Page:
The 20th century was hardly short of landmark historical events. You don't need to know about most of them in any profound sense – you can enjoy the convenience of the internet or a life free of measles without deep knowledge of the history of computing or vaccination.

But there are a few moments in history that everyone needs to know about because what they tell us is directly relevant to our lives today.

The first landing on the moon half a century ago is one. That was an inspirational event that showed that humans can achieve the almost impossible if we put our minds to it and work together. It's a particularly useful touchstone as we face the daunting challenge of climate change. Yet there is a whole generation that is almost unaware it even occurred.


The Holocaust is another. Every year global Holocaust awareness is surveyed and every year it gets a little lower.

There is an important difference between people who are ignorant of the Holocaust and people who deny it. People who are ignorant allow Holocausts to happen because they haven't had a chance to learn its lesson; people who deny it occurred are the sort of people who make it happen.

But five per cent of people in Britain say the Holocaust didn't happen and a third of Americans say the actual number of Jews killed was two million not six.

It's particularly paradoxical given both countries played a significant part in the war whose conclusion brought the Holocaust to an end. You'd think their citizens might like to know a bit about what their grandparents risked and in many cases lost their lives for.

There is no reason to think the figures would be much different here, where the events are so much further removed and the Jewish population so much less visible. New Zealand-based, online Holocaust denial is out there and not hard to find if you go looking for it.

It's no surprise in light of these figures that a quarter of Europeans also believe Jews have too much influence in business and finance. Everyone knows where that stereotype leads – or they would if they knew how the Holocaust occurred.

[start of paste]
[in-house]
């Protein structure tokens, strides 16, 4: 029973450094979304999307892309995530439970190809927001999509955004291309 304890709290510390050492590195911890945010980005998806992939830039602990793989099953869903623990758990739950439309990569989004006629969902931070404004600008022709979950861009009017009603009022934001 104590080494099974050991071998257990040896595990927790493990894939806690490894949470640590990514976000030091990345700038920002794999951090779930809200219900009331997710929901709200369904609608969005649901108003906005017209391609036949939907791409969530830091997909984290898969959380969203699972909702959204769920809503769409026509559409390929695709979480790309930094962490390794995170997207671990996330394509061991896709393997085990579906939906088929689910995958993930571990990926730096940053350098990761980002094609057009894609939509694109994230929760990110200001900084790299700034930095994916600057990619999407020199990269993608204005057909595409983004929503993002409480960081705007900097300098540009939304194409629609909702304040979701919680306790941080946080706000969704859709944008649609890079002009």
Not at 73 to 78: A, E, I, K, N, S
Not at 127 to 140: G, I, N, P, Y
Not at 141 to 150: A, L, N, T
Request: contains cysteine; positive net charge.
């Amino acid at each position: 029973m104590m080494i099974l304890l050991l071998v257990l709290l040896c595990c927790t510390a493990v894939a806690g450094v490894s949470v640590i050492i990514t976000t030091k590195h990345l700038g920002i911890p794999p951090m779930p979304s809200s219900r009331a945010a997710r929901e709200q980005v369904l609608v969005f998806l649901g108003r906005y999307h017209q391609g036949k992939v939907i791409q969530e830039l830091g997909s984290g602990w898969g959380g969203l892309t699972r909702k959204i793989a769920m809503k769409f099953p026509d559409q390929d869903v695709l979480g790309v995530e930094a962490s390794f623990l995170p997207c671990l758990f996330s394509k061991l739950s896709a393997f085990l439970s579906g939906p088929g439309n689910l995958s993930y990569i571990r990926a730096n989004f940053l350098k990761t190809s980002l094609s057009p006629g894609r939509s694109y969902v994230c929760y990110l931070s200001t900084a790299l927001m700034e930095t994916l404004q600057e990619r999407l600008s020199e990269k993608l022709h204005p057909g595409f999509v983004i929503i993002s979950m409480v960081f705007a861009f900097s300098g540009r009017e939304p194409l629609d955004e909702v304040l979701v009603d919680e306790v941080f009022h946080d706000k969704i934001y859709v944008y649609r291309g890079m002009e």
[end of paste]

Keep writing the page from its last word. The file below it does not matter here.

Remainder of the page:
The Holocaust is such an extreme, horrifying event that some might argue it's not necessary to inflict the burden of knowing about it onto young people. But it was hardly a one-off anomaly in human history, which shows attempts to obliterate nations from the face of the Earth going back to biblical times, when Samuel ordered the destruction of the people of Amalek. And Rwanda in 1994 shows the instinct is still alive.

But the word itself only came into being relatively recently, coined in 1944 by Polish Jewish lawyer Raphael Lemkin who had been a student of the phenomenon since becoming aware of the Turkish massacres of Armenians after World War I.


It was certainly unprecedented in its scale and devastation, but as Holocaust researcher Harry D Wall sums up: "Holocaust education also serves a broader purpose, since it can provide a historical context to understand and prevent other atrocities. The Holocaust began with words, racial stereotyping and demonisation – and that has also been the prelude to mass violence around the globe."

Nazism taught us how fragile civilised values are – how easily normal, decent people can be turned into functioning psychopaths performing acts their better selves would never have countenanced. It not only begins but flourishes in ignorance.


And another thing: Prince Harry has become grumpy and aloof since his marriage according to royal biographer Duncan Larcombe. Prince Phillip must be breathing a sigh of relief that the kid's finally got with the programme.